5.2. The foundation of the “Mongolian” Empire and the divide of its Eurasian part three hundred
years later into Russia, Turkey and the Western Europe.
5.3. A general view of the Eurasian map.
5.4. The opposition between the West - and the Atamans and Russia, or the Horde. The part
played by the Romanovs.

6. A new look on the Kingdom of Presbyter Johannes.

6.1. Presbyter Johannes.
6.2. European names distorted beyond recognition in later Chinese transcription.
6.3. Europeans called China “Land of the Ceres”.
6.4. The famous mediaeval “Epistle of Presbyter Johannes” as an authentic document describing the life of the ancient Russia, or “Mongolia”.
6.5. The river of Paradise flowing through the kingdom of Presbyter Johannes.
6.5.1. The two rivers: Don and Edon.
6.5.2. River Volga was also known as “Don”.
6.5.3. River Physon and Russian River Teza.
6.5.4. River Volga (or Ra) as a “river or paradise”. Rai as the Russian for “paradise”.
6.5.5. The birthplace of Presbyter Johannes.
6.5.6. Khulna, the capital city of the Presbyter’s kingdom, identifiable as Yaroslavl, or Novgorod the Great (also known as Kholmgrad).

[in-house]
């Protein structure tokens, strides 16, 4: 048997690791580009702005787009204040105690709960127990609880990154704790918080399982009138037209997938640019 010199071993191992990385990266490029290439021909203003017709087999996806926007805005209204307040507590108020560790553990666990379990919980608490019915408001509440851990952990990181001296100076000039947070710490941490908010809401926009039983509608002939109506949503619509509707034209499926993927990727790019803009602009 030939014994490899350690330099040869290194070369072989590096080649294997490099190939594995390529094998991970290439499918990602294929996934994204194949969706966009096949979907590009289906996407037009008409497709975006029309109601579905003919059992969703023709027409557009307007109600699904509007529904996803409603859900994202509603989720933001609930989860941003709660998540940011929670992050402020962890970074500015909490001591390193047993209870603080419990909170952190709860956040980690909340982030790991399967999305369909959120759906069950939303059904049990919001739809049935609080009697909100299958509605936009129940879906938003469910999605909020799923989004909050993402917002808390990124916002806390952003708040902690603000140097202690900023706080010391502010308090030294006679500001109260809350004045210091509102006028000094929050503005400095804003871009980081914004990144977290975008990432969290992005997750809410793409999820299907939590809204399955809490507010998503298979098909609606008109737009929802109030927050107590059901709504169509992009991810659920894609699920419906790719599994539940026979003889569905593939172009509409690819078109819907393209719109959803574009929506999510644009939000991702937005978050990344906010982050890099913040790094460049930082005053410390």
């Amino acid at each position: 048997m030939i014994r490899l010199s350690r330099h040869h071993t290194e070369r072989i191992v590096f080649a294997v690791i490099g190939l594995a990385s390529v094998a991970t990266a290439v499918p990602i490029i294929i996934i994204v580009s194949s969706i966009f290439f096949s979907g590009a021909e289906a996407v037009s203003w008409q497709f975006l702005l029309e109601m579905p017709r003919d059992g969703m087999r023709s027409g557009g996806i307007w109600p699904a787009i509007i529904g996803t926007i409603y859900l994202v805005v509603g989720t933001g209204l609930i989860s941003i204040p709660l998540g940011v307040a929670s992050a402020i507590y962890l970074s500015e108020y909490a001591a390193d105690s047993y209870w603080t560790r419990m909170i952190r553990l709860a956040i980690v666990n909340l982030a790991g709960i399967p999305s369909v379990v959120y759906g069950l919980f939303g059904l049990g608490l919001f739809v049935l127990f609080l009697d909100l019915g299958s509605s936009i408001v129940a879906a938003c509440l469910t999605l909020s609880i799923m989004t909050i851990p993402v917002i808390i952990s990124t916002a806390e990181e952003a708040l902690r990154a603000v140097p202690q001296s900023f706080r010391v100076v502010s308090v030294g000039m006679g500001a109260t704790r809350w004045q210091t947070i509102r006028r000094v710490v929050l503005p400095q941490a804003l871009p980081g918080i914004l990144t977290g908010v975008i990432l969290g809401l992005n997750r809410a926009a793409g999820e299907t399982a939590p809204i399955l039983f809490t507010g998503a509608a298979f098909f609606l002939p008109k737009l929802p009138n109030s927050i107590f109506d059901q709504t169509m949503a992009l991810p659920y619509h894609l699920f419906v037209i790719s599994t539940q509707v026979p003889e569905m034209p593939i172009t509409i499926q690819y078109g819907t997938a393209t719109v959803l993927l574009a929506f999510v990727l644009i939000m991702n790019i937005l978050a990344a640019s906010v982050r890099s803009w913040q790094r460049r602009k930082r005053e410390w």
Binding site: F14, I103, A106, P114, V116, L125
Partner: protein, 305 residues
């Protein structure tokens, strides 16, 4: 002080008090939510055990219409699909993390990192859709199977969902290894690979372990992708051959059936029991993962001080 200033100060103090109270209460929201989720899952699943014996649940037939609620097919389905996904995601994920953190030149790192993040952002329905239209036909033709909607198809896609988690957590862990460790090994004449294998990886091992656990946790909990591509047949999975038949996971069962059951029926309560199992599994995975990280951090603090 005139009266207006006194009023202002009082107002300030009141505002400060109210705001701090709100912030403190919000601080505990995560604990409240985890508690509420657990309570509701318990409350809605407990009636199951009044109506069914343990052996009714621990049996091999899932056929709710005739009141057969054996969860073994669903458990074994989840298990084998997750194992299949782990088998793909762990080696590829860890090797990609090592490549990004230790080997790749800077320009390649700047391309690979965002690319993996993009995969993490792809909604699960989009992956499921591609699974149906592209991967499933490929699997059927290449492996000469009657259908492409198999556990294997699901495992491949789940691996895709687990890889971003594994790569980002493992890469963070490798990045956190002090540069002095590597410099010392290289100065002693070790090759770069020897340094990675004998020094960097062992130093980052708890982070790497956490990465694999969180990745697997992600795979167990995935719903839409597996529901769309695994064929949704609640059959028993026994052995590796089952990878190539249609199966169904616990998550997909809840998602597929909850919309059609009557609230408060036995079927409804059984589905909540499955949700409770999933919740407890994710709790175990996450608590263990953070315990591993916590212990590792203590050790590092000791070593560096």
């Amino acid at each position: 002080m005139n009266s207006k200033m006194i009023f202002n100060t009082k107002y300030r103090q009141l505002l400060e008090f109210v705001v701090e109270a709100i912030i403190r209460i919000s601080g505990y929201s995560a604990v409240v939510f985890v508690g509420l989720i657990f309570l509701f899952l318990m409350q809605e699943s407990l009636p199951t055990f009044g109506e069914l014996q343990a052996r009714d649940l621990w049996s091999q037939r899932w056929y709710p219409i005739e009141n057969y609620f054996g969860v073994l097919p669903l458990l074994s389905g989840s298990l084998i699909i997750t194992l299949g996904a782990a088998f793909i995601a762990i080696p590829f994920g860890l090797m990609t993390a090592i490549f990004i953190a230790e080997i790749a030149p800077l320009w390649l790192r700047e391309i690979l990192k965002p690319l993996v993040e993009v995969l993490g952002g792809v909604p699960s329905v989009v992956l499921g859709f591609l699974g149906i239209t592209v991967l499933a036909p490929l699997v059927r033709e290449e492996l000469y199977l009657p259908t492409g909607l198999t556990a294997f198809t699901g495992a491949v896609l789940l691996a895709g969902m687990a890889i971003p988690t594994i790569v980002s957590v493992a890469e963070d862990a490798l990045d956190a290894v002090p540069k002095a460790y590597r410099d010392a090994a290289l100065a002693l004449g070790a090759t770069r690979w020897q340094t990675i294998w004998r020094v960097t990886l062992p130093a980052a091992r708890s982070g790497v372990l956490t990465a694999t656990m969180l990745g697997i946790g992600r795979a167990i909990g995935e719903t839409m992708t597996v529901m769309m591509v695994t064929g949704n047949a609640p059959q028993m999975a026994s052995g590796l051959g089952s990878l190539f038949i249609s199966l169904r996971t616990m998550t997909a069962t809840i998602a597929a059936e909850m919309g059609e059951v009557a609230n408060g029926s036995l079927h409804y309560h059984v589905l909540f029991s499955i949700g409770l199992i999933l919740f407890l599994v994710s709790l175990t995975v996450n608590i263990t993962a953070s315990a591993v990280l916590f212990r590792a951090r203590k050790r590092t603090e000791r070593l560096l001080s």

6.5.7. The description of the flood on the great Indian river Volga in the epistle of Presbyter Johannes.
6.5.8. Which church is famous for the “parting of the waters” around it on the Feast of St. Thomas?
6.6. The identity and location of the ancient India.
6.7. What the West Europeans of the XII-XVI century knew about India.


Chapter 9.

The Slavic conquest of Europe and Asia. A rare book of Mauro Orbini about the “Slavic Expansion”.

1. Did the Western Europe remember the “Mongolian” conquest to have been undertaken by the Slavs?

2. Why did Peter the Great build St. Petersburg amidst the swamps? The book of Mauro Orbini.

3. The conquest of Europe and Asia by the Slav according to Orbini’s book.

4. Our conception explains the book of Orbini.

5. The parties that went to battle and won, and the ones that lost, but wrote history.

6. Where did Orbini conduct his research?

7. Orbini was aware that historians would not like his work.

8. The list of sources used by Orbini.

9. Orbini’s book uses Western European materials.

10. Our point of view on Orbini’s book.

11. The use of the Cyrillic alphabet in the Western Europe as reported by Orbini.

12. Orbini on the Slavic Goths.

13. Orbini on the Russian Slavs, or the Muscovites.

14. Orbini on the Huns and Attila as a Russian warlord.

15. Hungary in the title of the Russian Czars.

16. Orbini on the campaigns of the Russian Muscovites in the epoch of the “Antiquity”.

17. Orbini on the “Finns, or Fennes, a Slavic tribe”.

18. Orbini on the “Slavic Dacians”.

19. Orbini on the “Norman Slavs”.

20. Orbini on the Amazons – “the famed Slavic warrior women”.


Chapter 10.

The Slavs in European history as per the book of Volanskiy and Klassen.

1. Why the books of Orbini, Chertkov, Volanskiy, Klassen and many others were neither refuted, nor accepted.

2. Evidence of Slavic presence in the Western Europe perceived as perfectly natural from the